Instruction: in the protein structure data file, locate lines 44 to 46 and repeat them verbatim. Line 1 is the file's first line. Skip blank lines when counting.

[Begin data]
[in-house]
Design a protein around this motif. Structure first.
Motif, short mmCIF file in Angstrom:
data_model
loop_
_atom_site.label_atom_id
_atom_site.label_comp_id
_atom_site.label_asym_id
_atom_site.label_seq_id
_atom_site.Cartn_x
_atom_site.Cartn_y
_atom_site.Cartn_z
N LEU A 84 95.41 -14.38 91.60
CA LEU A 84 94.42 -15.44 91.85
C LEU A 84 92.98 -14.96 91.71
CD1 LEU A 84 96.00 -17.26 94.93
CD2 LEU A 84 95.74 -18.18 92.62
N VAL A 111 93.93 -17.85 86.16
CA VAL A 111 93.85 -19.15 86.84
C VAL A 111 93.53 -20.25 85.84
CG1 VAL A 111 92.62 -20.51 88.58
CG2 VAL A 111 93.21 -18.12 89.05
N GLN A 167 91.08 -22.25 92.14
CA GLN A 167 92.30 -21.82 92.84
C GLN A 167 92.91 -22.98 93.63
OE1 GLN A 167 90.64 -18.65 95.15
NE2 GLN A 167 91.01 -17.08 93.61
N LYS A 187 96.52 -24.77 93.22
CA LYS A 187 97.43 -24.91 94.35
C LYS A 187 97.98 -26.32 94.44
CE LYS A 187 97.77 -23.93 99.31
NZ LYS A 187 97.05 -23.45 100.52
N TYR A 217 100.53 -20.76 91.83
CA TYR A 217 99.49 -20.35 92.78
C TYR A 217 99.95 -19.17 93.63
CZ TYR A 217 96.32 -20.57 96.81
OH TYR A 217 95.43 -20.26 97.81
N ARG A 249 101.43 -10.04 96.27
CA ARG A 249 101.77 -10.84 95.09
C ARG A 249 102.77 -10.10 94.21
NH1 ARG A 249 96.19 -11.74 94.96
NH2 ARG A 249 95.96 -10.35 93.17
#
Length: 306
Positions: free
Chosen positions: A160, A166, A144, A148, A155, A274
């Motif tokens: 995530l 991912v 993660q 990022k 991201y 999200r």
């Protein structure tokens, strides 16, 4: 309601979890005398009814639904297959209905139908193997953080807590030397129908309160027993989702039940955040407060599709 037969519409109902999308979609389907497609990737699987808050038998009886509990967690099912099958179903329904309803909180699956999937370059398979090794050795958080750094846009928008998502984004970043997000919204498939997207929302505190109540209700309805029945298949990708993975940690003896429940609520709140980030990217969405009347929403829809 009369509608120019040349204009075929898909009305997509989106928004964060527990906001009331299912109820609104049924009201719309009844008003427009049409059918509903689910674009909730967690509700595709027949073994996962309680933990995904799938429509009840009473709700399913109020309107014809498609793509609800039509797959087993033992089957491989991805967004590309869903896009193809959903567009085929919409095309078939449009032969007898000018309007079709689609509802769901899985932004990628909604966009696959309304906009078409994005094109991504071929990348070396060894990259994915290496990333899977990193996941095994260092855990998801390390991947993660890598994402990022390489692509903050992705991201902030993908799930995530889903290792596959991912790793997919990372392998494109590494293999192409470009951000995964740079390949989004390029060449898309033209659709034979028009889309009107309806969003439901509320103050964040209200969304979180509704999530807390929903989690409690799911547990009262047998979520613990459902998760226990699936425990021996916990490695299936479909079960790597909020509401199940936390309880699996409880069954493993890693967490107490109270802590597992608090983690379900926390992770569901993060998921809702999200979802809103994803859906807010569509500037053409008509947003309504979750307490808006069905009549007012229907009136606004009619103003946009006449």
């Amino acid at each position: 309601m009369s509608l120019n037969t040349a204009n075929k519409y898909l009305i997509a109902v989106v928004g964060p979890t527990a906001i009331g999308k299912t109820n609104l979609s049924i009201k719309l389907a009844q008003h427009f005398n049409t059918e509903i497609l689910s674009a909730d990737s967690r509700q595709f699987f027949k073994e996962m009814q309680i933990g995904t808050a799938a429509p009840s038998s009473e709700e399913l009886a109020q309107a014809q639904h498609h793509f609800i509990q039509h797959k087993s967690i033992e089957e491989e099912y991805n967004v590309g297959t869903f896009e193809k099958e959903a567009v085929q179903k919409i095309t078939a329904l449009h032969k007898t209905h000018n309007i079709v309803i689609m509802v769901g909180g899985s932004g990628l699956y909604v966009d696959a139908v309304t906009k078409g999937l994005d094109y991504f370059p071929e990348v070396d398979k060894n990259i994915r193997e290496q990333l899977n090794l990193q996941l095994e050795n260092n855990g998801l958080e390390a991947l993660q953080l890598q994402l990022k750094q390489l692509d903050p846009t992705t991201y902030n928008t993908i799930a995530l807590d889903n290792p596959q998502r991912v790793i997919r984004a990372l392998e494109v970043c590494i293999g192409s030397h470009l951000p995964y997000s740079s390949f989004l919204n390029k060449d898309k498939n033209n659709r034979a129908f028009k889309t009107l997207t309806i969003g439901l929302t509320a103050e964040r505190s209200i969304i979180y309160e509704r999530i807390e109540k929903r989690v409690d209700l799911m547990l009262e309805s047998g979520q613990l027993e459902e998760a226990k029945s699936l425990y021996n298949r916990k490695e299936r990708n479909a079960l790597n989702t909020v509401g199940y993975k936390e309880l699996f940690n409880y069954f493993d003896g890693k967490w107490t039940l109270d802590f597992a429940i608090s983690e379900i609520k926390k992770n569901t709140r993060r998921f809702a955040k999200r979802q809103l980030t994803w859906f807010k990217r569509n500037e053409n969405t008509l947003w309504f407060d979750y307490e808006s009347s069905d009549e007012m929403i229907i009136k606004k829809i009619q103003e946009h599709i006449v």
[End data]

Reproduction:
Length: 306
Positions: free
Chosen positions: A160, A166, A144, A148, A155, A274